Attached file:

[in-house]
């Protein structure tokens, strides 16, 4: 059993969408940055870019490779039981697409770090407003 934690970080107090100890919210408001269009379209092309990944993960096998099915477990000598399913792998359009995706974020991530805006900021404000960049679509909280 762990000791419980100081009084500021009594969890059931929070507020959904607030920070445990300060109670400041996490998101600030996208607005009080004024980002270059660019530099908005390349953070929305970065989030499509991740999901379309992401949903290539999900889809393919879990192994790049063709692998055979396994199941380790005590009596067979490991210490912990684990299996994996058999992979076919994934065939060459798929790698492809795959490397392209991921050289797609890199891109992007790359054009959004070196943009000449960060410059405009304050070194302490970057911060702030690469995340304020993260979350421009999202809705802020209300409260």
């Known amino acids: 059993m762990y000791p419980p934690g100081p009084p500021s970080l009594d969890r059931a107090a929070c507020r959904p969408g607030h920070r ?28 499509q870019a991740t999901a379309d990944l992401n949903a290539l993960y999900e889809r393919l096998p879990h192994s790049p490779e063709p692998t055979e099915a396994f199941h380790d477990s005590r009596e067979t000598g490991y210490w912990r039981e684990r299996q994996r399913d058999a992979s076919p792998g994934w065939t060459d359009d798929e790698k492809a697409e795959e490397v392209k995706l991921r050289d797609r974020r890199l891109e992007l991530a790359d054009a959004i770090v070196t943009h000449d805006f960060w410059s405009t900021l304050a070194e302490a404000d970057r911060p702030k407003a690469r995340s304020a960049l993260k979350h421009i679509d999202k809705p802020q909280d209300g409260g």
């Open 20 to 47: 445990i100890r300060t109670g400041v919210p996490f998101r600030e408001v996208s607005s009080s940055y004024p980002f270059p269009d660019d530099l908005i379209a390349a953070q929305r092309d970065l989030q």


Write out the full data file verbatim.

[in-house]
């Protein structure tokens, strides 16, 4: 059993969408940055870019490779039981697409770090407003 934690970080107090100890919210408001269009379209092309990944993960096998099915477990000598399913792998359009995706974020991530805006900021404000960049679509909280 762990000791419980100081009084500021009594969890059931929070507020959904607030920070445990300060109670400041996490998101600030996208607005009080004024980002270059660019530099908005390349953070929305970065989030499509991740999901379309992401949903290539999900889809393919879990192994790049063709692998055979396994199941380790005590009596067979490991210490912990684990299996994996058999992979076919994934065939060459798929790698492809795959490397392209991921050289797609890199891109992007790359054009959004070196943009000449960060410059405009304050070194302490970057911060702030690469995340304020993260979350421009999202809705802020209300409260």
């Known amino acids: 059993m762990y000791p419980p934690g100081p009084p500021s970080l009594d969890r059931a107090a929070c507020r959904p969408g607030h920070r ?28 499509q870019a991740t999901a379309d990944l992401n949903a290539l993960y999900e889809r393919l096998p879990h192994s790049p490779e063709p692998t055979e099915a396994f199941h380790d477990s005590r009596e067979t000598g490991y210490w912990r039981e684990r299996q994996r399913d058999a992979s076919p792998g994934w065939t060459d359009d798929e790698k492809a697409e795959e490397v392209k995706l991921r050289d797609r974020r890199l891109e992007l991530a790359d054009a959004i770090v070196t943009h000449d805006f960060w410059s405009t900021l304050a070194e302490a404000d970057r911060p702030k407003a690469r995340s304020a960049l993260k979350h421009i679509d999202k809705p802020q909280d209300g409260g």
């Open 20 to 47: 445990i100890r300060t109670g400041v919210p996490f998101r600030e408001v996208s607005s009080s940055y004024p980002f270059p269009d660019d530099l908005i379209a390349a953070q929305r092309d970065l989030q």